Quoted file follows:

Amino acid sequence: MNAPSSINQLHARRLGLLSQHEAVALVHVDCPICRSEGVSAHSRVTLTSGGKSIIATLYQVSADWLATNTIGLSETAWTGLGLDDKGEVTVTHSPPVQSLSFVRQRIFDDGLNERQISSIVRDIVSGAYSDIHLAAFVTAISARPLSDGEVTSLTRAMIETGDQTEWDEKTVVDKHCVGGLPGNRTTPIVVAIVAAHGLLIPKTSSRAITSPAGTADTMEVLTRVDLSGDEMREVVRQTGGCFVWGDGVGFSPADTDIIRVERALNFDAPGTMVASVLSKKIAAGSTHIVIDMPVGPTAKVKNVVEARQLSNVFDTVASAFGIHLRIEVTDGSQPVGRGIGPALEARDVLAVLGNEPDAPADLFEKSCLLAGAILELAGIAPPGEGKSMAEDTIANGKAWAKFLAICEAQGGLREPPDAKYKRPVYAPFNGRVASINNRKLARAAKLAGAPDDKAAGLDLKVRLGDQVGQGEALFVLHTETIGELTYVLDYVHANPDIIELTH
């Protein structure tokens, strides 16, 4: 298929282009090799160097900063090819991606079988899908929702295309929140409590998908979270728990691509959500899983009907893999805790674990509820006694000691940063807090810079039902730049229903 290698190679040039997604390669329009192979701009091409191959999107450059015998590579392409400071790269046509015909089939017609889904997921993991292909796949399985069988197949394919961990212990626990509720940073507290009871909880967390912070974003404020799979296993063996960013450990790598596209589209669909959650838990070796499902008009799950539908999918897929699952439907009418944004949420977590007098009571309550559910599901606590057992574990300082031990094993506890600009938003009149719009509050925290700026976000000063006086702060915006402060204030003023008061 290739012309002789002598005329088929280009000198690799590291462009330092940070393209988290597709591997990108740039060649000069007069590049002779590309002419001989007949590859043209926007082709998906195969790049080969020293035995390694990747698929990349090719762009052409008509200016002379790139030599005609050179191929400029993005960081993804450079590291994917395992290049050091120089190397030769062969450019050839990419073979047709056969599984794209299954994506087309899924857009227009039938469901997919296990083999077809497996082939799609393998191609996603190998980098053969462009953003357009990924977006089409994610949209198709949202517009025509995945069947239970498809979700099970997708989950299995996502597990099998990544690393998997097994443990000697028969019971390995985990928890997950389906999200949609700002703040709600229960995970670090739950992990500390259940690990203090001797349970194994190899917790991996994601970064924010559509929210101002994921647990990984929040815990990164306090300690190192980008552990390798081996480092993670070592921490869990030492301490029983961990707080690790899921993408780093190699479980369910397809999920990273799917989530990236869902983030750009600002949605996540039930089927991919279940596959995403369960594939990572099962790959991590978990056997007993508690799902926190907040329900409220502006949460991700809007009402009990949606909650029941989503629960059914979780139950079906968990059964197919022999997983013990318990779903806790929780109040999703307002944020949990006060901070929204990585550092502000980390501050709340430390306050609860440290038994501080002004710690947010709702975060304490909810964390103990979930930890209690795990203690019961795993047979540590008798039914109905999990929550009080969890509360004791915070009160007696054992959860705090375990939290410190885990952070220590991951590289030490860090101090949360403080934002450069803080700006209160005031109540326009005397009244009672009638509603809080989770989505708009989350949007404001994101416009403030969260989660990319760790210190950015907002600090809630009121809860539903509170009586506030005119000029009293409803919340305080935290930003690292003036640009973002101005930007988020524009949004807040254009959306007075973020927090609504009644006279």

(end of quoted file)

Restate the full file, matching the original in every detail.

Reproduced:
Amino acid sequence: MNAPSSINQLHARRLGLLSQHEAVALVHVDCPICRSEGVSAHSRVTLTSGGKSIIATLYQVSADWLATNTIGLSETAWTGLGLDDKGEVTVTHSPPVQSLSFVRQRIFDDGLNERQISSIVRDIVSGAYSDIHLAAFVTAISARPLSDGEVTSLTRAMIETGDQTEWDEKTVVDKHCVGGLPGNRTTPIVVAIVAAHGLLIPKTSSRAITSPAGTADTMEVLTRVDLSGDEMREVVRQTGGCFVWGDGVGFSPADTDIIRVERALNFDAPGTMVASVLSKKIAAGSTHIVIDMPVGPTAKVKNVVEARQLSNVFDTVASAFGIHLRIEVTDGSQPVGRGIGPALEARDVLAVLGNEPDAPADLFEKSCLLAGAILELAGIAPPGEGKSMAEDTIANGKAWAKFLAICEAQGGLREPPDAKYKRPVYAPFNGRVASINNRKLARAAKLAGAPDDKAAGLDLKVRLGDQVGQGEALFVLHTETIGELTYVLDYVHANPDIIELTH
């Protein structure tokens, strides 16, 4: 298929282009090799160097900063090819991606079988899908929702295309929140409590998908979270728990691509959500899983009907893999805790674990509820006694000691940063807090810079039902730049229903 290698190679040039997604390669329009192979701009091409191959999107450059015998590579392409400071790269046509015909089939017609889904997921993991292909796949399985069988197949394919961990212990626990509720940073507290009871909880967390912070974003404020799979296993063996960013450990790598596209589209669909959650838990070796499902008009799950539908999918897929699952439907009418944004949420977590007098009571309550559910599901606590057992574990300082031990094993506890600009938003009149719009509050925290700026976000000063006086702060915006402060204030003023008061 290739012309002789002598005329088929280009000198690799590291462009330092940070393209988290597709591997990108740039060649000069007069590049002779590309002419001989007949590859043209926007082709998906195969790049080969020293035995390694990747698929990349090719762009052409008509200016002379790139030599005609050179191929400029993005960081993804450079590291994917395992290049050091120089190397030769062969450019050839990419073979047709056969599984794209299954994506087309899924857009227009039938469901997919296990083999077809497996082939799609393998191609996603190998980098053969462009953003357009990924977006089409994610949209198709949202517009025509995945069947239970498809979700099970997708989950299995996502597990099998990544690393998997097994443990000697028969019971390995985990928890997950389906999200949609700002703040709600229960995970670090739950992990500390259940690990203090001797349970194994190899917790991996994601970064924010559509929210101002994921647990990984929040815990990164306090300690190192980008552990390798081996480092993670070592921490869990030492301490029983961990707080690790899921993408780093190699479980369910397809999920990273799917989530990236869902983030750009600002949605996540039930089927991919279940596959995403369960594939990572099962790959991590978990056997007993508690799902926190907040329900409220502006949460991700809007009402009990949606909650029941989503629960059914979780139950079906968990059964197919022999997983013990318990779903806790929780109040999703307002944020949990006060901070929204990585550092502000980390501050709340430390306050609860440290038994501080002004710690947010709702975060304490909810964390103990979930930890209690795990203690019961795993047979540590008798039914109905999990929550009080969890509360004791915070009160007696054992959860705090375990939290410190885990952070220590991951590289030490860090101090949360403080934002450069803080700006209160005031109540326009005397009244009672009638509603809080989770989505708009989350949007404001994101416009403030969260989660990319760790210190950015907002600090809630009121809860539903509170009586506030005119000029009293409803919340305080935290930003690292003036640009973002101005930007988020524009949004807040254009959306007075973020927090609504009644006279």